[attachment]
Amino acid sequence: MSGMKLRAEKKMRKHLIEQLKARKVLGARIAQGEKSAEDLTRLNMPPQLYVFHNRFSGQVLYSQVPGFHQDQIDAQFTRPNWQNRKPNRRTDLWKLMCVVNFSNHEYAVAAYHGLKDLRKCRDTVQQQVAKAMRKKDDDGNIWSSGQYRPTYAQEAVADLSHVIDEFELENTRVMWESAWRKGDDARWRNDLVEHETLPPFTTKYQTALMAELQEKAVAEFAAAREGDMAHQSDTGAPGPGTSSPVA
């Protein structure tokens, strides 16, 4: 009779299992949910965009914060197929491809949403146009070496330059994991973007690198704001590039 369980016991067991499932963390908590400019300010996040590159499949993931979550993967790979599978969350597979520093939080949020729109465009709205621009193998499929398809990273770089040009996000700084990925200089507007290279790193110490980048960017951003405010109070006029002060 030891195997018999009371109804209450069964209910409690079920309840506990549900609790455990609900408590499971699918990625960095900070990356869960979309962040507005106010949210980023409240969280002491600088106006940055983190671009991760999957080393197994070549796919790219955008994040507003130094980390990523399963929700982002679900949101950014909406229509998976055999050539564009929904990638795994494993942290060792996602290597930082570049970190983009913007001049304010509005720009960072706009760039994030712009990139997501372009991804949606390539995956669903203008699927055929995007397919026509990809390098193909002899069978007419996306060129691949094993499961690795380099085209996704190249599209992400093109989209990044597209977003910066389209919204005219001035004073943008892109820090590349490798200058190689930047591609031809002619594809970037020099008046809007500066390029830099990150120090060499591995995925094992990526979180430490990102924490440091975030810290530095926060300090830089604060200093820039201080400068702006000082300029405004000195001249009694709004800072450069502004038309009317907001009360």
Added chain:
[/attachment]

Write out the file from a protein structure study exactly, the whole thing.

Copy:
Amino acid sequence: MSGMKLRAEKKMRKHLIEQLKARKVLGARIAQGEKSAEDLTRLNMPPQLYVFHNRFSGQVLYSQVPGFHQDQIDAQFTRPNWQNRKPNRRTDLWKLMCVVNFSNHEYAVAAYHGLKDLRKCRDTVQQQVAKAMRKKDDDGNIWSSGQYRPTYAQEAVADLSHVIDEFELENTRVMWESAWRKGDDARWRNDLVEHETLPPFTTKYQTALMAELQEKAVAEFAAAREGDMAHQSDTGAPGPGTSSPVA
């Protein structure tokens, strides 16, 4: 009779299992949910965009914060197929491809949403146009070496330059994991973007690198704001590039 369980016991067991499932963390908590400019300010996040590159499949993931979550993967790979599978969350597979520093939080949020729109465009709205621009193998499929398809990273770089040009996000700084990925200089507007290279790193110490980048960017951003405010109070006029002060 030891195997018999009371109804209450069964209910409690079920309840506990549900609790455990609900408590499971699918990625960095900070990356869960979309962040507005106010949210980023409240969280002491600088106006940055983190671009991760999957080393197994070549796919790219955008994040507003130094980390990523399963929700982002679900949101950014909406229509998976055999050539564009929904990638795994494993942290060792996602290597930082570049970190983009913007001049304010509005720009960072706009760039994030712009990139997501372009991804949606390539995956669903203008699927055929995007397919026509990809390098193909002899069978007419996306060129691949094993499961690795380099085209996704190249599209992400093109989209990044597209977003910066389209919204005219001035004073943008892109820090590349490798200058190689930047591609031809002619594809970037020099008046809007500066390029830099990150120090060499591995995925094992990526979180430490990102924490440091975030810290530095926060300090830089604060200093820039201080400068702006000082300029405004000195001249009694709004800072450069502004038309009317907001009360």
Added chain: